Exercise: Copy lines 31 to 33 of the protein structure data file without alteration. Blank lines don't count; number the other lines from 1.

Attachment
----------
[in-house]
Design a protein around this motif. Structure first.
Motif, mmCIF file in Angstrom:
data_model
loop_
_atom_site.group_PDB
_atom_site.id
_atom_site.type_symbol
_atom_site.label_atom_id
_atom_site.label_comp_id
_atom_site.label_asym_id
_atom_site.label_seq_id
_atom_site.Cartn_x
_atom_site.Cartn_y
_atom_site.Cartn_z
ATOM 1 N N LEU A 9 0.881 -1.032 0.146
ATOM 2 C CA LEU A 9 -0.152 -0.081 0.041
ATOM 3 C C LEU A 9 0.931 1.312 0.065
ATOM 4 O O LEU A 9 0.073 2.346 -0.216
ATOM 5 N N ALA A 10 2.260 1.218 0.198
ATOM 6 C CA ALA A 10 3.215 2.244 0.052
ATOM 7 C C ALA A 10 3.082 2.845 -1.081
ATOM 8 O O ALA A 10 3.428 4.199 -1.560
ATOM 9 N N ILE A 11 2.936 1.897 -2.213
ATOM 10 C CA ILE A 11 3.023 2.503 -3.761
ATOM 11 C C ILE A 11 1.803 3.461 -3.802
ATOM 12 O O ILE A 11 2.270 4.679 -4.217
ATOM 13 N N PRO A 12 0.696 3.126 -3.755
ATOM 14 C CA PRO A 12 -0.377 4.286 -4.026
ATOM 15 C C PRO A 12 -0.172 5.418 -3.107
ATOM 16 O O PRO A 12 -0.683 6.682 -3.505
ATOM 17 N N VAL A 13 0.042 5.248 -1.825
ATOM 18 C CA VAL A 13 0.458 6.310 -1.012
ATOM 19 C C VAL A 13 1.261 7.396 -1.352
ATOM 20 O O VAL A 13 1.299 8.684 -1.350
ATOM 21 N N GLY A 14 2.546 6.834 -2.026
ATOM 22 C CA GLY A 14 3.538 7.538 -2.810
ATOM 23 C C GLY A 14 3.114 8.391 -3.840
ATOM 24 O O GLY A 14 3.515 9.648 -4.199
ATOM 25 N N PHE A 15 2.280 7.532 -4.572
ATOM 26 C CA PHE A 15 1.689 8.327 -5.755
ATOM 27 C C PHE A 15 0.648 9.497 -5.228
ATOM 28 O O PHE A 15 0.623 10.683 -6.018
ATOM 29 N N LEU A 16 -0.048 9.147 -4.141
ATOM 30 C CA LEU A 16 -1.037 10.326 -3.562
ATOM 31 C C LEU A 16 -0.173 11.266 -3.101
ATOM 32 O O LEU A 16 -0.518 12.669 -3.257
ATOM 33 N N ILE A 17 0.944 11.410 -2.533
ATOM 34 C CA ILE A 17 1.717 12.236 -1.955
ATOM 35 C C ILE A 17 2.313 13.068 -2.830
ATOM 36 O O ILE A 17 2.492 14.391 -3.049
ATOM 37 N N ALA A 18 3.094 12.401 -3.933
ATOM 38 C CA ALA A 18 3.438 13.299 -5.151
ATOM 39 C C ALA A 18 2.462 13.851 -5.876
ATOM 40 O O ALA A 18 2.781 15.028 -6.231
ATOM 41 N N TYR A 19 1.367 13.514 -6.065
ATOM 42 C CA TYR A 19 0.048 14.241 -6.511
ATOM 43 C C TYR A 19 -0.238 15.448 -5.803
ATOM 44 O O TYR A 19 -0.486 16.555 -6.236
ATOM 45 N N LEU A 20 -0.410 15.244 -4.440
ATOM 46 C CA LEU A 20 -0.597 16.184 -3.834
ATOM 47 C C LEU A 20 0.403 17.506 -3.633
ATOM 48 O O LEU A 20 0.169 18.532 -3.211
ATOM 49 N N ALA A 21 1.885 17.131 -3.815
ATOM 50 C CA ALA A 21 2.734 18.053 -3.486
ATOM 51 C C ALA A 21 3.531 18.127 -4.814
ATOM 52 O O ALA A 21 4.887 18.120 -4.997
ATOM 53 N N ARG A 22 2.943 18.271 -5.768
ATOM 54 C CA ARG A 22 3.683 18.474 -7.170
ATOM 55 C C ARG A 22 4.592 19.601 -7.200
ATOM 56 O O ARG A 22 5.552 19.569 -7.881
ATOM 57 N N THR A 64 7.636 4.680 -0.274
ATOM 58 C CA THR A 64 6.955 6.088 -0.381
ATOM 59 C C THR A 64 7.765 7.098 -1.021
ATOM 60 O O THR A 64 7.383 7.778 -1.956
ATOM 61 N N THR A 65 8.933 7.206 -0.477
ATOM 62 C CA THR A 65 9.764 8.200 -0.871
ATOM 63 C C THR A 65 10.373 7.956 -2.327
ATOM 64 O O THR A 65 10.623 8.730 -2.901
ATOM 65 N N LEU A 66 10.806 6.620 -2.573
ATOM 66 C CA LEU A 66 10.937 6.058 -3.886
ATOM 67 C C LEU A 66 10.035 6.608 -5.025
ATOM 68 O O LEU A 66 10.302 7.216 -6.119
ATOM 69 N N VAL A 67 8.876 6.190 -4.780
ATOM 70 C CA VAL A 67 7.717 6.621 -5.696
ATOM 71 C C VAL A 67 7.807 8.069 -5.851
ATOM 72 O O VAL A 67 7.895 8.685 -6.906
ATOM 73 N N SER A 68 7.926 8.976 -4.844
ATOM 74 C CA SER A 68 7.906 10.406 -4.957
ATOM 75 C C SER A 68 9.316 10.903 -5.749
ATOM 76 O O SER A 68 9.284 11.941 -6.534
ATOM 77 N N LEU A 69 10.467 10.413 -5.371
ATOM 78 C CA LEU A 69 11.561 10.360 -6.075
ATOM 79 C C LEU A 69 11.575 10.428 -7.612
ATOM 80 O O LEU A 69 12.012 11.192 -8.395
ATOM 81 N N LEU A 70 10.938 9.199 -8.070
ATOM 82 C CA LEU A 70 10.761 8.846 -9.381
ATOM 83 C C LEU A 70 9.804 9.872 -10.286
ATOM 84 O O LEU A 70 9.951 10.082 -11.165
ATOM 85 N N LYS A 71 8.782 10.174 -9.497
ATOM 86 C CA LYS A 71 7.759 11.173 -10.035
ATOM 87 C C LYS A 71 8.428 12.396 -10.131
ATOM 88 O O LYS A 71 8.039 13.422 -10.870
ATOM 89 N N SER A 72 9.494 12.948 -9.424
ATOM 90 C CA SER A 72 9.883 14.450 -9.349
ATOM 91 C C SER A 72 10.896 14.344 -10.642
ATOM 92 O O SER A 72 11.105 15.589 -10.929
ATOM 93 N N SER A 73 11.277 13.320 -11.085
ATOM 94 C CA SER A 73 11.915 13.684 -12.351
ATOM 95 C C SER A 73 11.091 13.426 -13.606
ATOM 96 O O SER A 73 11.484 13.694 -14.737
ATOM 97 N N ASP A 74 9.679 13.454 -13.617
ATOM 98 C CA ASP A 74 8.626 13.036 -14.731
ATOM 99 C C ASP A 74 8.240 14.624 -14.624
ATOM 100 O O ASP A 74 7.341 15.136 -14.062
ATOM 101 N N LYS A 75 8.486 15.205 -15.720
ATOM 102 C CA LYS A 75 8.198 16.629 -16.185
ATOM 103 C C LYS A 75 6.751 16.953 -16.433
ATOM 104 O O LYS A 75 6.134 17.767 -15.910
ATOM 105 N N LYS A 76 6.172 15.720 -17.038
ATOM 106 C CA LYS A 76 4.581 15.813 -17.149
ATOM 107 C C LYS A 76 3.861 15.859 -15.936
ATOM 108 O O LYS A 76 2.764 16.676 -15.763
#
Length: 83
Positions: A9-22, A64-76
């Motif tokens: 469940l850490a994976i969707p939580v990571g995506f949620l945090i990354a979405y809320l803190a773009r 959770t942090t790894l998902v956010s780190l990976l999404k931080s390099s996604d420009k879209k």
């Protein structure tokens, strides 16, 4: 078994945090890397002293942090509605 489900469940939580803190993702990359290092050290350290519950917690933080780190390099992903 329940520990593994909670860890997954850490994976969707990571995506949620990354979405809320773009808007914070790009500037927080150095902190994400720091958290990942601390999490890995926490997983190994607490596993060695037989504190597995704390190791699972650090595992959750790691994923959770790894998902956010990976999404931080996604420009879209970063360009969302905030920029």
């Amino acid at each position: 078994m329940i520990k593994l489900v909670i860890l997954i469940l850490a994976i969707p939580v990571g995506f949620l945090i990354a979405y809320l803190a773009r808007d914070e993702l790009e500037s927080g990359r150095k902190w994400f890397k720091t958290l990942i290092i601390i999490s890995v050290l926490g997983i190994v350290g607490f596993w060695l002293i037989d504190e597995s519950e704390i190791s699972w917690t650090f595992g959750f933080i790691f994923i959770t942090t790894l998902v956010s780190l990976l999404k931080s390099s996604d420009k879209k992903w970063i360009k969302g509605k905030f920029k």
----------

ATOM 16 O O PRO A 12 -0.683 6.682 -3.505
ATOM 17 N N VAL A 13 0.042 5.248 -1.825
ATOM 18 C CA VAL A 13 0.458 6.310 -1.012